Women in Agriculture
Since it was launched in 2020, the First Milk Women in Agriculture group has gone from strength to strength and now has 60 members. Find out from group participants about what the network has meant to them.
Women in Agriculture
In 2020, First Milk launched its Women in Agriculture (WIA) group in recognition of the vital role women play in farming businesses. Comprised of First Milk’s female members and farm staff, membership now stands around 60.
The group offers opportunity to share knowledge and experiences, connect with others and both seek support from and provide it to one another. Farming can be an isolating industry. By offering a safe and secure forum through which to share the highs and lows of farming life, the group provides a valuable network for women directly involved with First Milk farms.
Meetings are a mixture of in-person and virtual events, as well as the group connecting informally via a WhatsApp chat room.
The importance of diversity to team performance is a subject central to the group’s purpose and addressed in a virtual event last year. It is hoped a better understanding of the co-operative among group members leads to a greater interest in and involvement with the business. This could potentially include standing for positions on the Member Council and Board, improving diversity and gender equality across First Milk.
Through its activities, the group also aims to learn more about the challenges First Milk women face and how it can best deliver what members need to help overcome them. For example, after a lack of succession planning and poor inter-generational communication was identified as a common issue for members, a future meeting will feature experts working in this area.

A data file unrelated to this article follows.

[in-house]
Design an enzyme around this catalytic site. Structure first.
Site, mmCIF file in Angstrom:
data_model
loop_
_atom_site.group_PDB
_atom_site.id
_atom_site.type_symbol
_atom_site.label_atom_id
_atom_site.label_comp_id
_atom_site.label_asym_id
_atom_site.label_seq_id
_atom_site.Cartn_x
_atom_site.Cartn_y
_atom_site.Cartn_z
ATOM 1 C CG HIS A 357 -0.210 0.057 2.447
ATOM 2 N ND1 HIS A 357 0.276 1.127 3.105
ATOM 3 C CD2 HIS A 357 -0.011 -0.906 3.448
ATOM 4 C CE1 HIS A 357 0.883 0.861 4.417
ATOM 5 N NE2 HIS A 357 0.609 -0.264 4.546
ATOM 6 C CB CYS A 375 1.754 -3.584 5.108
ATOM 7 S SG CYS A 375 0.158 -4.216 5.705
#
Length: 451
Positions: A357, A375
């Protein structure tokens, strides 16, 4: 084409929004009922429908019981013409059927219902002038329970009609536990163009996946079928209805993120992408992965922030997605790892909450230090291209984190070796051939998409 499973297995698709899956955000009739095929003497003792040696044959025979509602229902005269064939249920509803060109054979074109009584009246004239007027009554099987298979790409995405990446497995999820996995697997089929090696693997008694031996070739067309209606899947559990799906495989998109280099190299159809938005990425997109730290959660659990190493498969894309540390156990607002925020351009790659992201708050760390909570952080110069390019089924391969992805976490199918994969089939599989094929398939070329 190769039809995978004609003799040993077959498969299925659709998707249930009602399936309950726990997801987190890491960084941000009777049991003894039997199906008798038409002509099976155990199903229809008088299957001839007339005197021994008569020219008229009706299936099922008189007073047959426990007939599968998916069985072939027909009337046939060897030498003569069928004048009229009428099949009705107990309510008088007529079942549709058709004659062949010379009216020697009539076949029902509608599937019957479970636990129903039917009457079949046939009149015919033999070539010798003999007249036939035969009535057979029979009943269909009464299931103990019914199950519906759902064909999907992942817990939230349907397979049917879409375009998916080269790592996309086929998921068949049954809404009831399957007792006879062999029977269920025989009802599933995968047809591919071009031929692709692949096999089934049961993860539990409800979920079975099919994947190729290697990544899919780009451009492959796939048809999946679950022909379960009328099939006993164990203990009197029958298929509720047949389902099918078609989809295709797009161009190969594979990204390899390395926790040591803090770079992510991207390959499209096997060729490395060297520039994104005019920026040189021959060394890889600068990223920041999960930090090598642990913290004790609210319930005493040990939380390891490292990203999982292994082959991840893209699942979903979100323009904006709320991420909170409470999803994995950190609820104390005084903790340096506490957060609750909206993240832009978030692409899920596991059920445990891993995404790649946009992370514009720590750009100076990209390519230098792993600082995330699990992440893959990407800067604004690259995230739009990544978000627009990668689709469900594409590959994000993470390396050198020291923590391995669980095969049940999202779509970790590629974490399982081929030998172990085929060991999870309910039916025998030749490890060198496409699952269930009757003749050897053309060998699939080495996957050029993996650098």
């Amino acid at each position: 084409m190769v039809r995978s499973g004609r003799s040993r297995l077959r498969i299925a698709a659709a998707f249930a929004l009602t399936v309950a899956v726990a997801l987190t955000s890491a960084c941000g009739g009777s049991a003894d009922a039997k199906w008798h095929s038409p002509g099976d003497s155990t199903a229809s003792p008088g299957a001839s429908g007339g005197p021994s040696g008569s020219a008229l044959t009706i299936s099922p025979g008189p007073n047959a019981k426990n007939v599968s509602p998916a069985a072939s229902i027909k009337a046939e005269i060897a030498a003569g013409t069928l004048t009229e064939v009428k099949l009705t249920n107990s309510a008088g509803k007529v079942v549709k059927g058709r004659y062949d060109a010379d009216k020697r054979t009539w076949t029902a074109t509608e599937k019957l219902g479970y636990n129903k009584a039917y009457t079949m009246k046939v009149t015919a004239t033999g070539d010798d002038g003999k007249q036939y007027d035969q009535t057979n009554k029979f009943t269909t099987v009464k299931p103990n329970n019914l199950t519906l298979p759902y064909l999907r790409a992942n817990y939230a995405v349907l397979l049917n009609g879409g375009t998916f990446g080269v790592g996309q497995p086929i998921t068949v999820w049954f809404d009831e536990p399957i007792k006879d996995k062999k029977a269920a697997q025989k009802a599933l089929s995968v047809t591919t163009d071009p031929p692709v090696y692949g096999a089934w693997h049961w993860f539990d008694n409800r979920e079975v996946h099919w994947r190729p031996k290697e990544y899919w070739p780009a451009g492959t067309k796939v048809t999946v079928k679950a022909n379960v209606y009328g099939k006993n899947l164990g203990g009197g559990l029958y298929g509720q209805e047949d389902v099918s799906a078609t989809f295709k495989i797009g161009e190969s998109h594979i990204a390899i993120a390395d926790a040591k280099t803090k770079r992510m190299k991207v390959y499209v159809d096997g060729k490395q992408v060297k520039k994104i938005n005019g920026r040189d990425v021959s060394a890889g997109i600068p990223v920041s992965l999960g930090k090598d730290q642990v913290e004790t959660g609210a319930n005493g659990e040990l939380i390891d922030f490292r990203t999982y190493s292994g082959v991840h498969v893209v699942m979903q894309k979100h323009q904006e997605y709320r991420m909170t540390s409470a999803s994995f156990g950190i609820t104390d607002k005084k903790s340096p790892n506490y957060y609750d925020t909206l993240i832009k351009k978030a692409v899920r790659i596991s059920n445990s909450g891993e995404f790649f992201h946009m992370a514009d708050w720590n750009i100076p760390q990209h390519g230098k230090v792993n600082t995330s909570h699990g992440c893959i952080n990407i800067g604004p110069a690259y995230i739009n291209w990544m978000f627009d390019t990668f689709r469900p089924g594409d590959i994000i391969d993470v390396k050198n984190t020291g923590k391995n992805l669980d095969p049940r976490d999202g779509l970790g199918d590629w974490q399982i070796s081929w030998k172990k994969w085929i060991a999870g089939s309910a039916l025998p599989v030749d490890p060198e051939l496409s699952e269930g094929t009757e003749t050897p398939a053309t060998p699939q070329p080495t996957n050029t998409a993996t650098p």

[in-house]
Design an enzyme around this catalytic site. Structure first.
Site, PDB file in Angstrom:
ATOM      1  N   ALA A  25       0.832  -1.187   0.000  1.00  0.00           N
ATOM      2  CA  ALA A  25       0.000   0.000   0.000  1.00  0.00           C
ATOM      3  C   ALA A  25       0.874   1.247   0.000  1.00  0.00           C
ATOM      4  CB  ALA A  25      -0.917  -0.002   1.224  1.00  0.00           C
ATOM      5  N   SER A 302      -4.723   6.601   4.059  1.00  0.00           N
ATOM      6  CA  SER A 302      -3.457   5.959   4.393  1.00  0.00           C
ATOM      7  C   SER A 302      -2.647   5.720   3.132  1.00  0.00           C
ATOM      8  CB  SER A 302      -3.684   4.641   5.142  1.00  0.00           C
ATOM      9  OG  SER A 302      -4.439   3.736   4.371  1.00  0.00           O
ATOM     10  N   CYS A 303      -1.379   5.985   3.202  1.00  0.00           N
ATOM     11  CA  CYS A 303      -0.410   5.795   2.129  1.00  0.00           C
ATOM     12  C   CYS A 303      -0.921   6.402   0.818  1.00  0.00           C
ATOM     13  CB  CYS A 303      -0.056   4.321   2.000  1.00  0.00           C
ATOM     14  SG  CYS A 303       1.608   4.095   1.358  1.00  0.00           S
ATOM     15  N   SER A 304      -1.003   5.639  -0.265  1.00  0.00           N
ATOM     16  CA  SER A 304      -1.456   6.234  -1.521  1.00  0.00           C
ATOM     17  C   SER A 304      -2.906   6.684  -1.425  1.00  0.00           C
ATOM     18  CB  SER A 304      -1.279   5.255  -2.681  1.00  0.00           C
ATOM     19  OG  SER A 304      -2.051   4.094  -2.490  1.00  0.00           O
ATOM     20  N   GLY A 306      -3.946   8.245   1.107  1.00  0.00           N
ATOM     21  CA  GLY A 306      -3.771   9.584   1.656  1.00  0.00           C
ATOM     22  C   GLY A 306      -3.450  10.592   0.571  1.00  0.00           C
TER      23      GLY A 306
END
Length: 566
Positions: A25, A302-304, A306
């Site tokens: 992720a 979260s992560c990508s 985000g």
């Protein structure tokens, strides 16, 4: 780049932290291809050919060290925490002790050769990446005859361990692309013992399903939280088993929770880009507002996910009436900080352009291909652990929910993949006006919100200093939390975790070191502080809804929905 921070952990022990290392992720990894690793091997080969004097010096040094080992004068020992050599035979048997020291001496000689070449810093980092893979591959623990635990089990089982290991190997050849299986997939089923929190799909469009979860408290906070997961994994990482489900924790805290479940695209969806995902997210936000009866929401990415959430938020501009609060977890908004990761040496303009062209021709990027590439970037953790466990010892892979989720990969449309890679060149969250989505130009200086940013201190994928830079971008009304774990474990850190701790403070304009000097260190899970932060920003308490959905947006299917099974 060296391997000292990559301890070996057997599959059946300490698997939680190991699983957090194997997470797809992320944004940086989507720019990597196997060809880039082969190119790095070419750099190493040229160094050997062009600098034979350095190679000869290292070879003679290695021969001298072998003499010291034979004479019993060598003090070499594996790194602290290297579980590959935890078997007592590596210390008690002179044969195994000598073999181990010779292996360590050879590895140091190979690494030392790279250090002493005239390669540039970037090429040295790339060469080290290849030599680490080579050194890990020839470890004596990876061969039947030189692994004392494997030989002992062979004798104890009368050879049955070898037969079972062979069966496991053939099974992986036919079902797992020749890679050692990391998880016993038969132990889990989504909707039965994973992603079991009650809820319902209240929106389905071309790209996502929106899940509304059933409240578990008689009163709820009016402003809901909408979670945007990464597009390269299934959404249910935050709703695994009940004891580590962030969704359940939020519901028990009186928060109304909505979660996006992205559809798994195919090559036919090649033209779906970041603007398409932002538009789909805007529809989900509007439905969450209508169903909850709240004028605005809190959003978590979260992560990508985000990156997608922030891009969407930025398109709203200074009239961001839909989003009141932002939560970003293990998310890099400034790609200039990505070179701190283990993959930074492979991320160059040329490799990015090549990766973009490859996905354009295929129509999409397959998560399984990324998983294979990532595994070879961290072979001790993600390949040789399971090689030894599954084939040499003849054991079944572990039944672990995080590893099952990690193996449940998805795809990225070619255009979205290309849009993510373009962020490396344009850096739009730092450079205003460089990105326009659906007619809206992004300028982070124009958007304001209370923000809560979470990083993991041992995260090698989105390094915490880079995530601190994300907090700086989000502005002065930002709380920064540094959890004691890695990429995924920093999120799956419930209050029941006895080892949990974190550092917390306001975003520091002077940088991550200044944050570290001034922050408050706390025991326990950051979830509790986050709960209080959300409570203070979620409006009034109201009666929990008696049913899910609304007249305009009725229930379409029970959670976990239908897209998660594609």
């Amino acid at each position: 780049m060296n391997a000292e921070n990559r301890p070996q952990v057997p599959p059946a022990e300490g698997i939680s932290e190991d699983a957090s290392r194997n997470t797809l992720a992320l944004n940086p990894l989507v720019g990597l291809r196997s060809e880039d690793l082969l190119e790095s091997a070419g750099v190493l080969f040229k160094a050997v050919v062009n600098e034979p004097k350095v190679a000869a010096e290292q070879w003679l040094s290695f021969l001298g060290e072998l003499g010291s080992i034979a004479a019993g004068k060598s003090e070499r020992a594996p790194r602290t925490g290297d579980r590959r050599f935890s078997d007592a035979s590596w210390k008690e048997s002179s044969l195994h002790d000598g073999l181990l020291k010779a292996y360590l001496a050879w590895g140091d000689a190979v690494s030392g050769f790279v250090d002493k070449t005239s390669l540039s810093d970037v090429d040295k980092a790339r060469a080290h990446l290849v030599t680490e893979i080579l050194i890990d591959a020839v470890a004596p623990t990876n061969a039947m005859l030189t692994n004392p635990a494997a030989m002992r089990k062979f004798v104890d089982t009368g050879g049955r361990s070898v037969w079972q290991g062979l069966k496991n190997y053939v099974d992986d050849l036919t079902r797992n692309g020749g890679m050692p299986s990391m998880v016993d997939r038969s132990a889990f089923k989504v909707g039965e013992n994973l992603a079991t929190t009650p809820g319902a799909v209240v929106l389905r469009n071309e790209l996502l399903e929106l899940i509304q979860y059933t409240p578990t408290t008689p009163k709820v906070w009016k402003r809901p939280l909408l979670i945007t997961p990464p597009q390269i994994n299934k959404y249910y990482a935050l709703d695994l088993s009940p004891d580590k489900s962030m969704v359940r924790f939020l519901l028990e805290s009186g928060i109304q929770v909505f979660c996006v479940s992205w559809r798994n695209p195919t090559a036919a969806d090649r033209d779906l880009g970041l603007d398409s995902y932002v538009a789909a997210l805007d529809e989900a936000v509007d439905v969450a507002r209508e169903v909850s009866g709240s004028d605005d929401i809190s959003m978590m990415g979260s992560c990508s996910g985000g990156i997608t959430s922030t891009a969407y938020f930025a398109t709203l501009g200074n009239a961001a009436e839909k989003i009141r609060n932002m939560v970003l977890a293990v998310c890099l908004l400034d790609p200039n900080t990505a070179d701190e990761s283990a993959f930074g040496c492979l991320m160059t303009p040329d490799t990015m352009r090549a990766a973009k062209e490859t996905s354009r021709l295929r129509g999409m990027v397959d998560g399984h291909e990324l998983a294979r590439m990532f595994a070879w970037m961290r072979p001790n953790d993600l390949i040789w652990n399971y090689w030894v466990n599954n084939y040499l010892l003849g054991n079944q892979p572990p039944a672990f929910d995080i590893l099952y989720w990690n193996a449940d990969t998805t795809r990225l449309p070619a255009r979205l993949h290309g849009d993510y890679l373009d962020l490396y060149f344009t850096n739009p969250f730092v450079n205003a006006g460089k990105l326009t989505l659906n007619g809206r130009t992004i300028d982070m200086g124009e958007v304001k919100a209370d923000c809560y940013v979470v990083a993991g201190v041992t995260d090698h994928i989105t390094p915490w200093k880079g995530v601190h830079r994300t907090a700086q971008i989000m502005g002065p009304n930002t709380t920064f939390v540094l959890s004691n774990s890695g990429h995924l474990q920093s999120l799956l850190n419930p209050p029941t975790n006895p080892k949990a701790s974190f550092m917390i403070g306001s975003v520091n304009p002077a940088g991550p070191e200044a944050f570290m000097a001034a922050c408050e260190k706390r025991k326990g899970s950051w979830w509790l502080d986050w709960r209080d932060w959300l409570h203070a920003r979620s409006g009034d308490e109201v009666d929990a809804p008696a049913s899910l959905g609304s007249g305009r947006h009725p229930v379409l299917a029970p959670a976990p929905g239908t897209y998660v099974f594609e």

Since 2020 the group has had real impact on its members, and we would like to take this opportunity to celebrate this success, sharing some of the group’s stories and what it has meant to them.
For more information or to join the group, please contact your local Area Manager or the Membership Team on 0141 847 6800 or email@example.com.
Since Lottie Dunning’s parents-in-law took a step back from running Raisgill Hall in the Yorkshire Dales National Park, she has become involved with the management of the farm alongside husband Mike. Lottie is passionate about ensuring the agricultural industry is futureproofed for their family and recognises the importance of promoting agriculture and dairy farming to the wider community. Lottie’s main aim is to re-educate consumers about farming, hoping to address some of the negative coverage seen on social media. As a former special needs teaching assistant, Lottie now hosts community farm visits to Raisgill Hall to demonstrate the high welfare on farm and the measures carried out to protect and enhance the environment. Like other WIA group members, she attended a two-day course run by the Countryside Educational Visits Accreditation Scheme (CEVAS) specifically designed for those organising educational farm visits.
“I gain loads of support from First Milk’s Women in Agriculture group. We love sharing our farming stories and pictures through our closed WhatsApp group. It helps me realise I’m not on my own and, as women farmers, we’re not a minority. It’s great hearing other women’s opinions, ambitions and achievements. I feel it makes us stronger and able to accomplish more. Farming can be isolating at times so it is brilliant to know there is someone on the same wavelength as you.”